New Delhi, Jan. 13 (Reuters): India today marked three years since its last reported case of polio, paving the way for it to be declared free of the crippling virus and boosting efforts to wipe out the disease globally, the World Health Organisation (WHO) said.
The country’s last case of the wild polio virus was detected on January 13, 2011, in a two-year-old girl in Bengal. Three years without any new cases means India can be declared polio-free.
Afghanistan, Pakistan and Nigeria are the only countries in the world where the disease remains endemic.
“We give huge credit to the government.... It makes us extremely proud and highly responsible for having helped the government to reach this incredible achievement,” India’s WHO representative, Nata Menabde, said.
Menabde said the WHO would officially declare India as polio-free by the end of March, when the legal process for certification was completed.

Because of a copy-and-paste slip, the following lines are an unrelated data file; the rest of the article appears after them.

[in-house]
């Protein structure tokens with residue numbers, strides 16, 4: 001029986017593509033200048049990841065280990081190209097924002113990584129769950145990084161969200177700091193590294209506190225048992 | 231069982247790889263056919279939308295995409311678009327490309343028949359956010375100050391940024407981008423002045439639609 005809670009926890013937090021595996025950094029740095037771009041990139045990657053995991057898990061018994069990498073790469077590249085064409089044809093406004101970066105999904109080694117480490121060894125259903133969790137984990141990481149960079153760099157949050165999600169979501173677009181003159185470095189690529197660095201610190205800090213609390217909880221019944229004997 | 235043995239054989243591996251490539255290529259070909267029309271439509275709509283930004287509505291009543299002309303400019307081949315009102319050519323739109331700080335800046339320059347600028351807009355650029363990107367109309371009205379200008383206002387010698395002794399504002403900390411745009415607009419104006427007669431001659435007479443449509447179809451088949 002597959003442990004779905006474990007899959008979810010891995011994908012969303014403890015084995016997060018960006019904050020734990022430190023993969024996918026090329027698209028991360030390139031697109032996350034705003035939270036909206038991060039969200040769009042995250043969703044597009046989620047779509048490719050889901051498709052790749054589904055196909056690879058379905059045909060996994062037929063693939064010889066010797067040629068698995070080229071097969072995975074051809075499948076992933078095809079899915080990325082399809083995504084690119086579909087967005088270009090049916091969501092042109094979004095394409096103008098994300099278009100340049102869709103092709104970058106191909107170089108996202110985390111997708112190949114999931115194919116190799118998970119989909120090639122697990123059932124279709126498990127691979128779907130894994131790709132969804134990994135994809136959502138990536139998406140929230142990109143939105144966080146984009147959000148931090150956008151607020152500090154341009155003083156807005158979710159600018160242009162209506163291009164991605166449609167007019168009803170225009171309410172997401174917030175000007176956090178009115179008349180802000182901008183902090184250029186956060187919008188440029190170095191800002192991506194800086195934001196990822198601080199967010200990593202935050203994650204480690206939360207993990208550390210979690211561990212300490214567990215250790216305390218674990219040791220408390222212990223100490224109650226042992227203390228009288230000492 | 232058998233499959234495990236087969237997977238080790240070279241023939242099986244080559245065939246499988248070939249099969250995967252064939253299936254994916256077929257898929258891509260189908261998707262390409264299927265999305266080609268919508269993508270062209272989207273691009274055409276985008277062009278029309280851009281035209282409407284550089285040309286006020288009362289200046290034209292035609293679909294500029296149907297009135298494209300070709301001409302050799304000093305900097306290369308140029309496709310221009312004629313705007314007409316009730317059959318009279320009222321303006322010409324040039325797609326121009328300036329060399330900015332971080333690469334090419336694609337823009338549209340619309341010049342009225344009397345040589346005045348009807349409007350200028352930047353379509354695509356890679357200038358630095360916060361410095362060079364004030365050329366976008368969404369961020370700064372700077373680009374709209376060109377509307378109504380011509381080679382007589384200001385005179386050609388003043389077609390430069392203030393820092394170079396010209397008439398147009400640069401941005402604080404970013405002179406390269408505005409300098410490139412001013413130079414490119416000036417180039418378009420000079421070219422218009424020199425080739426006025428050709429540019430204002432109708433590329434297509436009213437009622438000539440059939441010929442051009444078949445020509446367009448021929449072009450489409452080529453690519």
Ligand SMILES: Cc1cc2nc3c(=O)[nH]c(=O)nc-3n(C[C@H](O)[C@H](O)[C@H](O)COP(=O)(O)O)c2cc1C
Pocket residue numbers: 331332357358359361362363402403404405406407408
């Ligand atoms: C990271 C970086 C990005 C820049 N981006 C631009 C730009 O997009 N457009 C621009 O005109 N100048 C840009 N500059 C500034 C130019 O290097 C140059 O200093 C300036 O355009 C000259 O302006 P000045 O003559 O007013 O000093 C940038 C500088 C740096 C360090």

The highly infectious disease often spreads in areas with poor sanitation — a factor that helped it keep a grip on India for many decades — and children under five are the most vulnerable. But it can be prevented by population-wide vaccination. Menabde said millions were involved in the drive to immunise children by giving them polio drops.
Over 170 million children are immunised every year. The drive has cost the government $2.5 billion (Rs 1.53 lakh crore) since 1995.
In 2009, 741 Indians fell sick with polio, nearly half the world’s cases that year. The number dropped to 42 in 2010 and only one in 2011.
India’s success has given impetus to the global fight against polio, Menabde said.